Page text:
The show was called “Via Galactica.” In 1972, as this science fiction musical was being prepared for its Broadway opening, some members of the creative team feared that no one would be able to say its name. And in any case, what did it mean? According to the show’s publicity material it meant, “road to the stars.”
Investors in the production knew “Via Galactica” was going to be the most expensive musical ever staged. To the Nederlander theater family, it was the show that would open their new flagship theater, the Uris (now called the Gershwin). But in my house, growing up, it meant many other things: Regret. Heartache. Disappointment. Failure. A very public failure. I was 12 when my parents’ musical opened and closed. After a decade in the works, it lasted a fleeting seven performances.
I will never forget the opening night party at Sardi’s. My father, the producer George W. George, was waiting for the reviews in a shadowy corner of the restaurant. Champagne was flowing, and spirits were high. We were in the dark ages of communication — pre-Internet, pre-blogs, pre-Twitter — and reviews dictated the fate of a show. At around 12:30, the first notices came in. The New York Times review would make or break you. And break us, it did.
I say “us,” even though I was a child, because from as early as I can remember, “Via Galactica” was in the air. It was part of my DNA. From the vantage of our den on Central Park West, where my mother, Judith Ross, co-wrote the book, or the living room, where my parents held readings of the script to attract investors, or the dining room, where they debated every aspect of the show, I watched them build the perfect beast. A spectacle like no one had ever seen.
It was going to be fantastic! Flying spaceships! Flying people! A stage made of interconnecting walkways and trampolines — with a backdrop of thousands of Ping-Pong balls strung together, floor to ceiling, upon which gorgeous images would be projected. The cast was multicolored — Raul Julia, the lead, was blue; Virginia Vestoff, his leading lady, was painted gold; and the other actors on stage were every color in between. Peter Hall, former head of the Royal Shakespeare Company, would make his American directorial debut. Galt McDermott, who composed the score for “Hair,” wrote the music. My mother, a relative newcomer, wrote the book with Christopher Gore, who also wrote the lyrics. And as producer, my dad put all the pieces together.
But “Via Galactica” seemed plagued from the start. For a moment the show was to be called “Up,” but when posted next to the Uris name on the marquee, it sent an unfortunate message. Once again, the title became “Via Galactica.”
In previews, both actors and scenery fell through the soft trampoline flooring. Irene Cara, the actress of future “Fame” fame, flew around the stage — that is, when the rigging worked. Raul once got stuck in the spaceship and hung helplessly over the orchestra for 20 minutes until stagehands extricated him. The new wireless microphones, which allowed the actors to jump freely from trampoline to trampoline, somehow got cross-wired with the local police precinct. When Virginia opened her mouth to sing, out came emergency calls about car accidents and arrests in Midtown.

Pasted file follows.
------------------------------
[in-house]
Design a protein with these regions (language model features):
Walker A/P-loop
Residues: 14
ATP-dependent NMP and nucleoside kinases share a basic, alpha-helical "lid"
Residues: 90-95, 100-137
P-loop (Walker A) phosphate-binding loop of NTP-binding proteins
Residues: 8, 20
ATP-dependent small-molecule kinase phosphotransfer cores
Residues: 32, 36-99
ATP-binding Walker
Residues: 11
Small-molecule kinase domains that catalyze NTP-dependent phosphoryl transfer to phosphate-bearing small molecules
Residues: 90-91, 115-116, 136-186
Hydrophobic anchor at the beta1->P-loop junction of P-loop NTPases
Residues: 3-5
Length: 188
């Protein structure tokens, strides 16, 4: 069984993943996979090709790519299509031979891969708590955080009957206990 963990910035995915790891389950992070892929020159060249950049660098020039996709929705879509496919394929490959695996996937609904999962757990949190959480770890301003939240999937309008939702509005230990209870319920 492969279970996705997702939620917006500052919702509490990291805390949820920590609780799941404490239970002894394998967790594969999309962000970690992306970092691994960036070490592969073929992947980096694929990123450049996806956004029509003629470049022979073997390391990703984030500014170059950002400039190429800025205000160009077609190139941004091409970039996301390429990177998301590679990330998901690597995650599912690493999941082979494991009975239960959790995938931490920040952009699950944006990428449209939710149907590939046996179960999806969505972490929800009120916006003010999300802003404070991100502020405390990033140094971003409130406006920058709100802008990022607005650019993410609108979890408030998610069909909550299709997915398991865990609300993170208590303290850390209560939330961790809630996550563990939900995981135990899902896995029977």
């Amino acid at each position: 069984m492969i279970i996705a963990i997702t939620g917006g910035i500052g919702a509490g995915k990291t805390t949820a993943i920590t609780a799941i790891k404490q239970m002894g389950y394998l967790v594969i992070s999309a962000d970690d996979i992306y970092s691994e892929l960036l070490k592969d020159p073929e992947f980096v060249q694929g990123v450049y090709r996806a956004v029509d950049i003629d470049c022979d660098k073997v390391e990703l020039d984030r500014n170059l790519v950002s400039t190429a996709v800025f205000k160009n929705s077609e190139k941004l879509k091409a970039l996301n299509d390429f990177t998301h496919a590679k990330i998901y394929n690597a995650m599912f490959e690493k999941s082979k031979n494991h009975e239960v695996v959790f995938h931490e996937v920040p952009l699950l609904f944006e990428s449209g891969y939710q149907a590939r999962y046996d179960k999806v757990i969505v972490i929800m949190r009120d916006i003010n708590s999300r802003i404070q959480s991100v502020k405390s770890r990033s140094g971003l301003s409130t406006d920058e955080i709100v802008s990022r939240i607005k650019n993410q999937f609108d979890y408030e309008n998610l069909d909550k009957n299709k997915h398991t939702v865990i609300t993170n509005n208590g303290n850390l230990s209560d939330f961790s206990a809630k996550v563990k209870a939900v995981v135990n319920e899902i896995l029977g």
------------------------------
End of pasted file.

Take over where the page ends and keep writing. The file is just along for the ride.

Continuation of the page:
They say the devil is in the details. And the details were killing the show. A production that had seemed like a sure thing was careening out of control. It went over budget. There were delays, clashing egos, injuries. Everyone was asking, how could so many talented people get so many things so wrong?
The publicity poster for “Via Galactica” now hangs in infamy at the entrance to Joe Allen’s, the restaurant on West 46th Street whose walls are lined with posters of famous Broadway flops.
Many years after the play closed, my father would still talk about things he would have done differently. “Via,” as he called it, would send him walking to the refrigerator late at night, reliving it in his mind. One thing that bothered him enormously was a song, perhaps his favorite, that was cut from the show in the final stages of production. It was called “Home,” and it was a sentimental ballad that cut to the core of the main character’s plight.
In the show, Raul Julia played a man who falls in love with a rebel woman who’s leaving earth for good. Finally he has to choose: stay in the place he knows, the home he loves, or go with her to the stars. In the race toward opening night, despite the talent and the spectacle, too many of the human elements of “Via Galactica” got stripped away, and the show fell flat. None of the special effects could make up for the lack of what draws us to the theater in the first place: story, characters we care for, pathos.
It took my father a long time to learn this lesson — and with a lifetime of experience he conceived the more down-to-earth musical “Memphis.” Sadly, he didn’t live to see it win last year’s Tony Award for best musical.
Last week I went to a preview performance of “Spider-Man: Turn Off the Dark.” Three hours and one mechanical glitch later, I left the theater feeling uneasy, my long-dormant “Via Galactica” synapses firing. I can well imagine the pressure the creators of “Spider-Man” have been under. Right before opening night, when you’re running out of time, you can find yourself so close to the canvas that you can’t see the big picture.
But I’d like to urge them, take a moment, now if you can. Step back and look at what you have. Put the play’s human moments front and center. There’s still time.
I’m rooting for “Spider-Man.” May it become the brilliant show it deserves to be. And may everyone connected with it have an old age with no regrets, no posters in Joe Allen’s and no late-night walks to the fridge.
Jennifer George, a writer and a jewelry and clothing designer.